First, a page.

Historic Maggie Helen set for move as next phase of restoration is to begin

A historic boat will be on the move as its extensive restoration work enters the next phase.

The Maggie Helen will be moved from Shetland Museum’s boat shed onto the slipway to allow for the skilled shipwrights to continue their work outdoors.

The team arrived in Shetland in April and have already made significant progress on her hull and deck.

The boat, also known as Loki, was originally built at the same boat shed back in 1904.

While the relocation is taking place, a temporary car park closure and access diversion will be in place at Hay’s Dock from the evening of Sunday, 3rd July, through to Tuesday, 5th July.

A walkway over the slipway usually provides access to the Museum and Archives as well as Hays Dock.

However, it will be removed with a crane on Monday to enable the boat to be moved.

The Museum is closed to the public on a Monday but a temporary diversion will be put in place for pedestrians which will take them around the back of the building.

The walkway should be lifted back into place later that day.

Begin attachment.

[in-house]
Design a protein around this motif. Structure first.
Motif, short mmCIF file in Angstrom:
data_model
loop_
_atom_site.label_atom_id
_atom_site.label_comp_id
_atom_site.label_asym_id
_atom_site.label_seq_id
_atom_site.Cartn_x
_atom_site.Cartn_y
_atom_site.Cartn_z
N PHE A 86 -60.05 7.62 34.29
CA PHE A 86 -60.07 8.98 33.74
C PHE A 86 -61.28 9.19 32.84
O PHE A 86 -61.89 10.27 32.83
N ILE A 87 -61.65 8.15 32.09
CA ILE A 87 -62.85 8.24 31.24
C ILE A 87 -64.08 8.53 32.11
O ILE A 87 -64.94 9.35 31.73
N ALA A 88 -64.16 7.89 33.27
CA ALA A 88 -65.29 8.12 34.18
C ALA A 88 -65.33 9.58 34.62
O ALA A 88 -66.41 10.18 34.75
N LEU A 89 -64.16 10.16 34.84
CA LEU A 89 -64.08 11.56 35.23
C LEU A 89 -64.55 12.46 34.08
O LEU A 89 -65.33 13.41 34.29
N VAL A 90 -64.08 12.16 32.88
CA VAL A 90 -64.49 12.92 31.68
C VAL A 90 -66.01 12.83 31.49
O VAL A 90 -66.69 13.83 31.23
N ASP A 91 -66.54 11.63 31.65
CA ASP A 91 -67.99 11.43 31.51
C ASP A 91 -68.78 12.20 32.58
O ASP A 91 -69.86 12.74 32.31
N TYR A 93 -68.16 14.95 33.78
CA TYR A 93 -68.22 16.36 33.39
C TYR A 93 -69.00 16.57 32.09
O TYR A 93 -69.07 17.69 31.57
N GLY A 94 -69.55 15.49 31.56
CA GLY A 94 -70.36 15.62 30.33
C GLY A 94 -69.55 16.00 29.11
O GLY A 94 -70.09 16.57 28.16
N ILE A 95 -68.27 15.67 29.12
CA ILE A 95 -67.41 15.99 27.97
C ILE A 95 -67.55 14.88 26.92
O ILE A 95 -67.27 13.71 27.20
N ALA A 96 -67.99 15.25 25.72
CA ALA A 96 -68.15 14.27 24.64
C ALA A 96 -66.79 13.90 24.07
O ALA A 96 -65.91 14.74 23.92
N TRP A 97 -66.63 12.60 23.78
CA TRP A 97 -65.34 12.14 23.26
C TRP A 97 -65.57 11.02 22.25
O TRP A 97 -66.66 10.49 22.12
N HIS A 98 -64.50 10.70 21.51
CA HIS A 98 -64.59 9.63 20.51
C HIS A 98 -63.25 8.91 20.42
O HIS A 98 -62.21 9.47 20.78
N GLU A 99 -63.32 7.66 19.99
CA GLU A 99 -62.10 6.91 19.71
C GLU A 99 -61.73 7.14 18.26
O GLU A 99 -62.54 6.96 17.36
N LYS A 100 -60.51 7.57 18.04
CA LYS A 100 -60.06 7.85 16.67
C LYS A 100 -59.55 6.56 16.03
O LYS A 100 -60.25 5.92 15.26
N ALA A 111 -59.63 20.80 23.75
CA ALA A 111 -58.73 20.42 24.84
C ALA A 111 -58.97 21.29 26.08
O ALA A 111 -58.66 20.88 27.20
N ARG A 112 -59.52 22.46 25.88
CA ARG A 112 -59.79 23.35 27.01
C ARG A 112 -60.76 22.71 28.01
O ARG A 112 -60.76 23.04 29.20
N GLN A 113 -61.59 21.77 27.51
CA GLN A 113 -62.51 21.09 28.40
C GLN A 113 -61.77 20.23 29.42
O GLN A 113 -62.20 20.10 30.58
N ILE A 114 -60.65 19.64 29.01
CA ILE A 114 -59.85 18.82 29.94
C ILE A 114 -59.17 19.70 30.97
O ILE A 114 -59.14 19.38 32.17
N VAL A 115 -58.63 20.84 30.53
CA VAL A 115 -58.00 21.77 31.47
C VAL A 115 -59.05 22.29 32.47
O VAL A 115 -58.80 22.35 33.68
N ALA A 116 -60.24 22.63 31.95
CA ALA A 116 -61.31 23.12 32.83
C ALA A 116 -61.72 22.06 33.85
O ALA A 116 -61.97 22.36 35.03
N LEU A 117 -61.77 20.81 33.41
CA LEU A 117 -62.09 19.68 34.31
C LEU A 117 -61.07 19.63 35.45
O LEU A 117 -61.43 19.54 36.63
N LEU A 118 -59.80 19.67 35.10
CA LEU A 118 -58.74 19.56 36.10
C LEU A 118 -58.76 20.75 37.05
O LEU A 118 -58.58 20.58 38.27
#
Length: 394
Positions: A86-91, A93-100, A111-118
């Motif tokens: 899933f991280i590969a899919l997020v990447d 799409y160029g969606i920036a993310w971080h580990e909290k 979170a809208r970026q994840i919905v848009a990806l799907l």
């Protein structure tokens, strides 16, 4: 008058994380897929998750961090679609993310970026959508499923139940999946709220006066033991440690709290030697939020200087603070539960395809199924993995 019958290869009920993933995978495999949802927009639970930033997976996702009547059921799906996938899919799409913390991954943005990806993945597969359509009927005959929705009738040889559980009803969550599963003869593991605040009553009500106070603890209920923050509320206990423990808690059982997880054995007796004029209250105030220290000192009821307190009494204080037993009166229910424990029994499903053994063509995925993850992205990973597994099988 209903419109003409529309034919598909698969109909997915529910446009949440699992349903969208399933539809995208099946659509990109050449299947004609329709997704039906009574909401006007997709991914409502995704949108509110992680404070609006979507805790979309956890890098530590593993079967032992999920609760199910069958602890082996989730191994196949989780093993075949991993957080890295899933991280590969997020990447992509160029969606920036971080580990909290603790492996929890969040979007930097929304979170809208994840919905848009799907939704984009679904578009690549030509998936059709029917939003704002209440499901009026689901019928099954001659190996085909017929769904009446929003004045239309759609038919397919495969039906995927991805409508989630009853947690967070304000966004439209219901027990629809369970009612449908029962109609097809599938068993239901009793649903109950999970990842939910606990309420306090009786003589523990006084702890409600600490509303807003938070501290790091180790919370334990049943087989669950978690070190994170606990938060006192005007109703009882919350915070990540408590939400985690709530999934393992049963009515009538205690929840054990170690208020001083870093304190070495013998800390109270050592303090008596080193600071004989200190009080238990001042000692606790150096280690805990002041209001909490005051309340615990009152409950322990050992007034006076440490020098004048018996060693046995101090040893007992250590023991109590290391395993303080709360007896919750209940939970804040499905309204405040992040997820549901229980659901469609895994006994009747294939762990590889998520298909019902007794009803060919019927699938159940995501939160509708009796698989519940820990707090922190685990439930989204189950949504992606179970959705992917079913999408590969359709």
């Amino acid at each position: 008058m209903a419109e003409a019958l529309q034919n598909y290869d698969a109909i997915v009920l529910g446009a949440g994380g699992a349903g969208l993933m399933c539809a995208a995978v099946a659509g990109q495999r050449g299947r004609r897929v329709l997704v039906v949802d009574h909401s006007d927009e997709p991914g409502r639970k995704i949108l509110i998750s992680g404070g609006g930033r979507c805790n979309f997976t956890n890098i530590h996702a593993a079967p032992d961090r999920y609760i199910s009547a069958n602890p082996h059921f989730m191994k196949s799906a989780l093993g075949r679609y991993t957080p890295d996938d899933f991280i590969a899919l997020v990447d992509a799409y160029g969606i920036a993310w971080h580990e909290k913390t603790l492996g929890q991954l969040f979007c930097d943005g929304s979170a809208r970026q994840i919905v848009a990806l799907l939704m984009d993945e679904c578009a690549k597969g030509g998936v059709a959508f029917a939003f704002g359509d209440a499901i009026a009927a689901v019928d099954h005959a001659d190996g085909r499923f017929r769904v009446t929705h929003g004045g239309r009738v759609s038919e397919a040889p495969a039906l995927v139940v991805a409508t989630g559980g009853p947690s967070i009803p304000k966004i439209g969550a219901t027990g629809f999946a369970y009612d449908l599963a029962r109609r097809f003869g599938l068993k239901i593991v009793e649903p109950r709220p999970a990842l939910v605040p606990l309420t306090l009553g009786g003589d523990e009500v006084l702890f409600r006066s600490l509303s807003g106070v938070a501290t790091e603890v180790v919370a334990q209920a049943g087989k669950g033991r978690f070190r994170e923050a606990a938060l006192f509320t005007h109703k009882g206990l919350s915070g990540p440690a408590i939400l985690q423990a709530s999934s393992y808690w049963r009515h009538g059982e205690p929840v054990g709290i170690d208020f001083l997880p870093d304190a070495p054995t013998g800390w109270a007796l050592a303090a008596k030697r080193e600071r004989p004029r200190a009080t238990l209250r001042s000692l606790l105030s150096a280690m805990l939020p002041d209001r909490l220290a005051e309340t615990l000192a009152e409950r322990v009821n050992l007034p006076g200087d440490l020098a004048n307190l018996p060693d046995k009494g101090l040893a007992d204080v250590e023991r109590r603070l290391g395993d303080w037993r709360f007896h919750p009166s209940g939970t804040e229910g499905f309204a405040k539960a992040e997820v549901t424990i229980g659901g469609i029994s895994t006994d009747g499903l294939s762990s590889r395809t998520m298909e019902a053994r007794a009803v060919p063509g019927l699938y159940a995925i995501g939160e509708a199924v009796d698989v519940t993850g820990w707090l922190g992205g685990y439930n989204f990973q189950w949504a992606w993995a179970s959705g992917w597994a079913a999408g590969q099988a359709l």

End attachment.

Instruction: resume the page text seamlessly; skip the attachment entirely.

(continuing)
The Shetland Museum and Archives car park will be closed from Sunday evening to enable the crane to be moved into place.

The team at the Museum and Archives have asked anyone parked there to ensure their vehicle is removed by Sunday evening. They also ask anyone in the area to respect the cordons and safety signs.

The shipwrights will continue their work on the slipway over the coming month and hope to have the boat afloat on the next very high tide.

Initially built in the early 1900s as a 13-metre long fishing vessel, from 1952 to 2007 Maggie Helen was renamed Loki by Thomas Moncrieff and converted into a pleasure craft.

She cruised around Shetland and Scandinavia every summer from 1953 to 1997.

Since 2007 the boat has been in storage at the Shetland Museum after an initial stage of restoration work.


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